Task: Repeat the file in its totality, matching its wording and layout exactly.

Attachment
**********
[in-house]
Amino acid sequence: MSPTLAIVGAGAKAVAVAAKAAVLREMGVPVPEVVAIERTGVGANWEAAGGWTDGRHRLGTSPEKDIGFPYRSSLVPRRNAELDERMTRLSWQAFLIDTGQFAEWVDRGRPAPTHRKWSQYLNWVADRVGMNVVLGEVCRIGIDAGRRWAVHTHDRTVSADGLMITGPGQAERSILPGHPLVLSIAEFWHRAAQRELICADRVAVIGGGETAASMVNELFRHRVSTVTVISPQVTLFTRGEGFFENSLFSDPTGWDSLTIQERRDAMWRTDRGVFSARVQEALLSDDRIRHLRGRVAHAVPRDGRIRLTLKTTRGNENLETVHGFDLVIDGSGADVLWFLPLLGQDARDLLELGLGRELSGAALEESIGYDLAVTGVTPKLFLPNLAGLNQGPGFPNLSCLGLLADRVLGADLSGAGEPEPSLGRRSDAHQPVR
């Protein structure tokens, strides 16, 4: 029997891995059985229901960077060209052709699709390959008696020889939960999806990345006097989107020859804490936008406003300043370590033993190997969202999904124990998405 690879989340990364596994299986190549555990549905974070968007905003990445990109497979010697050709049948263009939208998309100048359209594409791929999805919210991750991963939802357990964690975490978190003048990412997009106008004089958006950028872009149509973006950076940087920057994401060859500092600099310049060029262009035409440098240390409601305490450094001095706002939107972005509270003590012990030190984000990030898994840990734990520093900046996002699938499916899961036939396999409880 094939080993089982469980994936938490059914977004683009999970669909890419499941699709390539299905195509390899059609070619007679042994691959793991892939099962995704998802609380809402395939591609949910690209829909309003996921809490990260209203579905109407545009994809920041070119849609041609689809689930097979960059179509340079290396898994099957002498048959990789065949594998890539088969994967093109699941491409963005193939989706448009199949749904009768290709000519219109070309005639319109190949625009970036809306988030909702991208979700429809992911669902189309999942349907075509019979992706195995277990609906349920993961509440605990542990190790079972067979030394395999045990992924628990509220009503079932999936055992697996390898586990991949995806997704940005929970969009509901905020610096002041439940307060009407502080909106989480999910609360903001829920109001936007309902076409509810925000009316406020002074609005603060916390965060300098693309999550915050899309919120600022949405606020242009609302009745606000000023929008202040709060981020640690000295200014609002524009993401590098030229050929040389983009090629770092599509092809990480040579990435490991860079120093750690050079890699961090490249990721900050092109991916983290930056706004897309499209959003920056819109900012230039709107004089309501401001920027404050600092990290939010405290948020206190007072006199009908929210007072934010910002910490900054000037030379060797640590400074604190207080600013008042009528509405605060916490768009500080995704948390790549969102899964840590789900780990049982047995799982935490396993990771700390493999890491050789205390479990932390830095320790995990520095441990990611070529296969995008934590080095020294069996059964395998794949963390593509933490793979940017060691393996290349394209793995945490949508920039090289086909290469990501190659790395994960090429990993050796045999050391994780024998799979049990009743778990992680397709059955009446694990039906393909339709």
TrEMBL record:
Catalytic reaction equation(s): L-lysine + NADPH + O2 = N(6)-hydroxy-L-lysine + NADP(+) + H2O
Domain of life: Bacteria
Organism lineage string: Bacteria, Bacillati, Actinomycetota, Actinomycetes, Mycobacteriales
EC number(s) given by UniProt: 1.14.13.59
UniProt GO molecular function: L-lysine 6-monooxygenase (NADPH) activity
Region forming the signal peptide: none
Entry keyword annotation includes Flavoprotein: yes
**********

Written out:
[in-house]
Amino acid sequence: MSPTLAIVGAGAKAVAVAAKAAVLREMGVPVPEVVAIERTGVGANWEAAGGWTDGRHRLGTSPEKDIGFPYRSSLVPRRNAELDERMTRLSWQAFLIDTGQFAEWVDRGRPAPTHRKWSQYLNWVADRVGMNVVLGEVCRIGIDAGRRWAVHTHDRTVSADGLMITGPGQAERSILPGHPLVLSIAEFWHRAAQRELICADRVAVIGGGETAASMVNELFRHRVSTVTVISPQVTLFTRGEGFFENSLFSDPTGWDSLTIQERRDAMWRTDRGVFSARVQEALLSDDRIRHLRGRVAHAVPRDGRIRLTLKTTRGNENLETVHGFDLVIDGSGADVLWFLPLLGQDARDLLELGLGRELSGAALEESIGYDLAVTGVTPKLFLPNLAGLNQGPGFPNLSCLGLLADRVLGADLSGAGEPEPSLGRRSDAHQPVR
């Protein structure tokens, strides 16, 4: 029997891995059985229901960077060209052709699709390959008696020889939960999806990345006097989107020859804490936008406003300043370590033993190997969202999904124990998405 690879989340990364596994299986190549555990549905974070968007905003990445990109497979010697050709049948263009939208998309100048359209594409791929999805919210991750991963939802357990964690975490978190003048990412997009106008004089958006950028872009149509973006950076940087920057994401060859500092600099310049060029262009035409440098240390409601305490450094001095706002939107972005509270003590012990030190984000990030898994840990734990520093900046996002699938499916899961036939396999409880 094939080993089982469980994936938490059914977004683009999970669909890419499941699709390539299905195509390899059609070619007679042994691959793991892939099962995704998802609380809402395939591609949910690209829909309003996921809490990260209203579905109407545009994809920041070119849609041609689809689930097979960059179509340079290396898994099957002498048959990789065949594998890539088969994967093109699941491409963005193939989706448009199949749904009768290709000519219109070309005639319109190949625009970036809306988030909702991208979700429809992911669902189309999942349907075509019979992706195995277990609906349920993961509440605990542990190790079972067979030394395999045990992924628990509220009503079932999936055992697996390898586990991949995806997704940005929970969009509901905020610096002041439940307060009407502080909106989480999910609360903001829920109001936007309902076409509810925000009316406020002074609005603060916390965060300098693309999550915050899309919120600022949405606020242009609302009745606000000023929008202040709060981020640690000295200014609002524009993401590098030229050929040389983009090629770092599509092809990480040579990435490991860079120093750690050079890699961090490249990721900050092109991916983290930056706004897309499209959003920056819109900012230039709107004089309501401001920027404050600092990290939010405290948020206190007072006199009908929210007072934010910002910490900054000037030379060797640590400074604190207080600013008042009528509405605060916490768009500080995704948390790549969102899964840590789900780990049982047995799982935490396993990771700390493999890491050789205390479990932390830095320790995990520095441990990611070529296969995008934590080095020294069996059964395998794949963390593509933490793979940017060691393996290349394209793995945490949508920039090289086909290469990501190659790395994960090429990993050796045999050391994780024998799979049990009743778990992680397709059955009446694990039906393909339709």
TrEMBL record:
Catalytic reaction equation(s): L-lysine + NADPH + O2 = N(6)-hydroxy-L-lysine + NADP(+) + H2O
Domain of life: Bacteria
Organism lineage string: Bacteria, Bacillati, Actinomycetota, Actinomycetes, Mycobacteriales
EC number(s) given by UniProt: 1.14.13.59
UniProt GO molecular function: L-lysine 6-monooxygenase (NADPH) activity
Region forming the signal peptide: none
Entry keyword annotation includes Flavoprotein: yes